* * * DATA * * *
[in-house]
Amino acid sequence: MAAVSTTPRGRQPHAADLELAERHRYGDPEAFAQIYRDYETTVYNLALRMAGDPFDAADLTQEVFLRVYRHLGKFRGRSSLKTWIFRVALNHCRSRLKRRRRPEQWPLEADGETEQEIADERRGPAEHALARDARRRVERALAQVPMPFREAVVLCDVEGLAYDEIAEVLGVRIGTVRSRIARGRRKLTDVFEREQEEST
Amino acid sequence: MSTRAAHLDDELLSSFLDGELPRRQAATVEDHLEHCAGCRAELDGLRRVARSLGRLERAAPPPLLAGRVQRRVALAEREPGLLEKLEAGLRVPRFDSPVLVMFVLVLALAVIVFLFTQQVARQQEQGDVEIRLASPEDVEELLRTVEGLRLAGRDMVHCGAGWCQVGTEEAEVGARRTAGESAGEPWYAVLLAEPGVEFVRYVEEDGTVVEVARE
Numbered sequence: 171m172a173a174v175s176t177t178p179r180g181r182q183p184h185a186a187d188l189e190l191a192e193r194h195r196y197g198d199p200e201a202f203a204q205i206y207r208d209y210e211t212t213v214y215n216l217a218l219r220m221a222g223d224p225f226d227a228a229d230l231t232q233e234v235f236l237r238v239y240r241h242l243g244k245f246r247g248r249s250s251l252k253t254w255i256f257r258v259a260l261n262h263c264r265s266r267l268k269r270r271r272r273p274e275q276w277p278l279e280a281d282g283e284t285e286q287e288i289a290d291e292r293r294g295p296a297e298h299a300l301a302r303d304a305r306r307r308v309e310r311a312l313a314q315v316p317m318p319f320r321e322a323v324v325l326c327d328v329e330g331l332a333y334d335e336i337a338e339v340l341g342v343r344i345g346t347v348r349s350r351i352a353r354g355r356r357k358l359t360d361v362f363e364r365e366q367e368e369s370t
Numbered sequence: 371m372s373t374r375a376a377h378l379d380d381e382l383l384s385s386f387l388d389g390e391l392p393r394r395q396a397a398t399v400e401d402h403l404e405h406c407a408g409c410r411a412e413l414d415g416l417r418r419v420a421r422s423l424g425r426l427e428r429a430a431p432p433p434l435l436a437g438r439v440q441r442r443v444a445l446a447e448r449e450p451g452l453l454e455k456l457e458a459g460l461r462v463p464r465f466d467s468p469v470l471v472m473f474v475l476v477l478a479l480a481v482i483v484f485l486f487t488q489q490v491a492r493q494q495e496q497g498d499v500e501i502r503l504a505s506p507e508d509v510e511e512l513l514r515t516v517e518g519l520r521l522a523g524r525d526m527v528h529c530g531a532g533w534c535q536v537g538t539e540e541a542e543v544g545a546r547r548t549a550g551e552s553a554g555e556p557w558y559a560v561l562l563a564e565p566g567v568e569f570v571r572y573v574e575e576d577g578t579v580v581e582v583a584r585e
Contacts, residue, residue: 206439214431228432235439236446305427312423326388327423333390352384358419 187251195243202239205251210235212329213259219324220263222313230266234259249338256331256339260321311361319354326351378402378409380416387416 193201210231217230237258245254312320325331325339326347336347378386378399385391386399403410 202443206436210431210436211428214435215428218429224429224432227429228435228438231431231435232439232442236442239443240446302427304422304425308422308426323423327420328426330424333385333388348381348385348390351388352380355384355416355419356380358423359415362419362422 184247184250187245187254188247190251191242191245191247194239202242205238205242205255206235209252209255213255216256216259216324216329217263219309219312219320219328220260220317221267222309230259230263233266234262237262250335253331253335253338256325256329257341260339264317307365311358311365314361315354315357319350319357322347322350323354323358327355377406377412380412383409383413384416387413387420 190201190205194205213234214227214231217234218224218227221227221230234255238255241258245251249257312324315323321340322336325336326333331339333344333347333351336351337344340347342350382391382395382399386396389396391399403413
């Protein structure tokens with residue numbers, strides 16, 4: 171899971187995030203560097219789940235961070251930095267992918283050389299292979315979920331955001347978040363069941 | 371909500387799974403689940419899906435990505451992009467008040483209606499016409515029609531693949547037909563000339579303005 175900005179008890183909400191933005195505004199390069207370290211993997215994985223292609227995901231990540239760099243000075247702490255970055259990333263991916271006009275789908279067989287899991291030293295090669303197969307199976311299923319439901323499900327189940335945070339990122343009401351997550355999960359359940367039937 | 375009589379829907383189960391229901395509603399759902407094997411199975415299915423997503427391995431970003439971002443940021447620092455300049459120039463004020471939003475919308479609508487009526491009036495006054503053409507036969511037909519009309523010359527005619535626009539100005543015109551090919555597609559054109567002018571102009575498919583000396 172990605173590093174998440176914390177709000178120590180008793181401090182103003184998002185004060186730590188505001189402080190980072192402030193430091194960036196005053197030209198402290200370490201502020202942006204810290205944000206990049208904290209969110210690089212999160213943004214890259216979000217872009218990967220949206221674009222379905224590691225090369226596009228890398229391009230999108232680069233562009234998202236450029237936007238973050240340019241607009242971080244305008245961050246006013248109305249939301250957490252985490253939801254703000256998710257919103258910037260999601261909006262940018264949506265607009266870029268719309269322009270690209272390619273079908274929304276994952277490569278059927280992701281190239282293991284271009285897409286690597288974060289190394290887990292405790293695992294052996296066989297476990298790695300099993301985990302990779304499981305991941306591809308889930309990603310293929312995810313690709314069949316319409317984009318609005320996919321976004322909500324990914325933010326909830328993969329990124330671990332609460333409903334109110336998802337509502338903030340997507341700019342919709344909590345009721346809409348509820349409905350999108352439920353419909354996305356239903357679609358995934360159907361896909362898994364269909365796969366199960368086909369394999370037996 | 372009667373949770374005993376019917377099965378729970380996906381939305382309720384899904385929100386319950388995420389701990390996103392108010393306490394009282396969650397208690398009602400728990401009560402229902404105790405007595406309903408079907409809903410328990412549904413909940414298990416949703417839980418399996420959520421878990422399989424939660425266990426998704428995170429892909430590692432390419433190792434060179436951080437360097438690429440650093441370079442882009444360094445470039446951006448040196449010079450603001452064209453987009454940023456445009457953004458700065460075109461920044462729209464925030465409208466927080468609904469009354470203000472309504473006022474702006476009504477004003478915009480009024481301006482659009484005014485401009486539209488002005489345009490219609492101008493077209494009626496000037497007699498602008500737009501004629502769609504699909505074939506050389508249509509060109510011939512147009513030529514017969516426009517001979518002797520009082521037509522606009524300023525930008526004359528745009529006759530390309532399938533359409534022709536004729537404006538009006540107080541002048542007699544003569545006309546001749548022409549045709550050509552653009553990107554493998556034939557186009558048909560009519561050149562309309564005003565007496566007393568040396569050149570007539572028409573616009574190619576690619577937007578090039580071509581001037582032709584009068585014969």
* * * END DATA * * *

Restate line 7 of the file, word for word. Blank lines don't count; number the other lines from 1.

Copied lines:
């Protein structure tokens with residue numbers, strides 16, 4: 171899971187995030203560097219789940235961070251930095267992918283050389299292979315979920331955001347978040363069941 | 371909500387799974403689940419899906435990505451992009467008040483209606499016409515029609531693949547037909563000339579303005 175900005179008890183909400191933005195505004199390069207370290211993997215994985223292609227995901231990540239760099243000075247702490255970055259990333263991916271006009275789908279067989287899991291030293295090669303197969307199976311299923319439901323499900327189940335945070339990122343009401351997550355999960359359940367039937 | 375009589379829907383189960391229901395509603399759902407094997411199975415299915423997503427391995431970003439971002443940021447620092455300049459120039463004020471939003475919308479609508487009526491009036495006054503053409507036969511037909519009309523010359527005619535626009539100005543015109551090919555597609559054109567002018571102009575498919583000396 172990605173590093174998440176914390177709000178120590180008793181401090182103003184998002185004060186730590188505001189402080190980072192402030193430091194960036196005053197030209198402290200370490201502020202942006204810290205944000206990049208904290209969110210690089212999160213943004214890259216979000217872009218990967220949206221674009222379905224590691225090369226596009228890398229391009230999108232680069233562009234998202236450029237936007238973050240340019241607009242971080244305008245961050246006013248109305249939301250957490252985490253939801254703000256998710257919103258910037260999601261909006262940018264949506265607009266870029268719309269322009270690209272390619273079908274929304276994952277490569278059927280992701281190239282293991284271009285897409286690597288974060289190394290887990292405790293695992294052996296066989297476990298790695300099993301985990302990779304499981305991941306591809308889930309990603310293929312995810313690709314069949316319409317984009318609005320996919321976004322909500324990914325933010326909830328993969329990124330671990332609460333409903334109110336998802337509502338903030340997507341700019342919709344909590345009721346809409348509820349409905350999108352439920353419909354996305356239903357679609358995934360159907361896909362898994364269909365796969366199960368086909369394999370037996 | 372009667373949770374005993376019917377099965378729970380996906381939305382309720384899904385929100386319950388995420389701990390996103392108010393306490394009282396969650397208690398009602400728990401009560402229902404105790405007595406309903408079907409809903410328990412549904413909940414298990416949703417839980418399996420959520421878990422399989424939660425266990426998704428995170429892909430590692432390419433190792434060179436951080437360097438690429440650093441370079442882009444360094445470039446951006448040196449010079450603001452064209453987009454940023456445009457953004458700065460075109461920044462729209464925030465409208466927080468609904469009354470203000472309504473006022474702006476009504477004003478915009480009024481301006482659009484005014485401009486539209488002005489345009490219609492101008493077209494009626496000037497007699498602008500737009501004629502769609504699909505074939506050389508249509509060109510011939512147009513030529514017969516426009517001979518002797520009082521037509522606009524300023525930008526004359528745009529006759530390309532399938533359409534022709536004729537404006538009006540107080541002048542007699544003569545006309546001749548022409549045709550050509552653009553990107554493998556034939557186009558048909560009519561050149562309309564005003565007496566007393568040396569050149570007539572028409573616009574190619576690619577937007578090039580071509581001037582032709584009068585014969």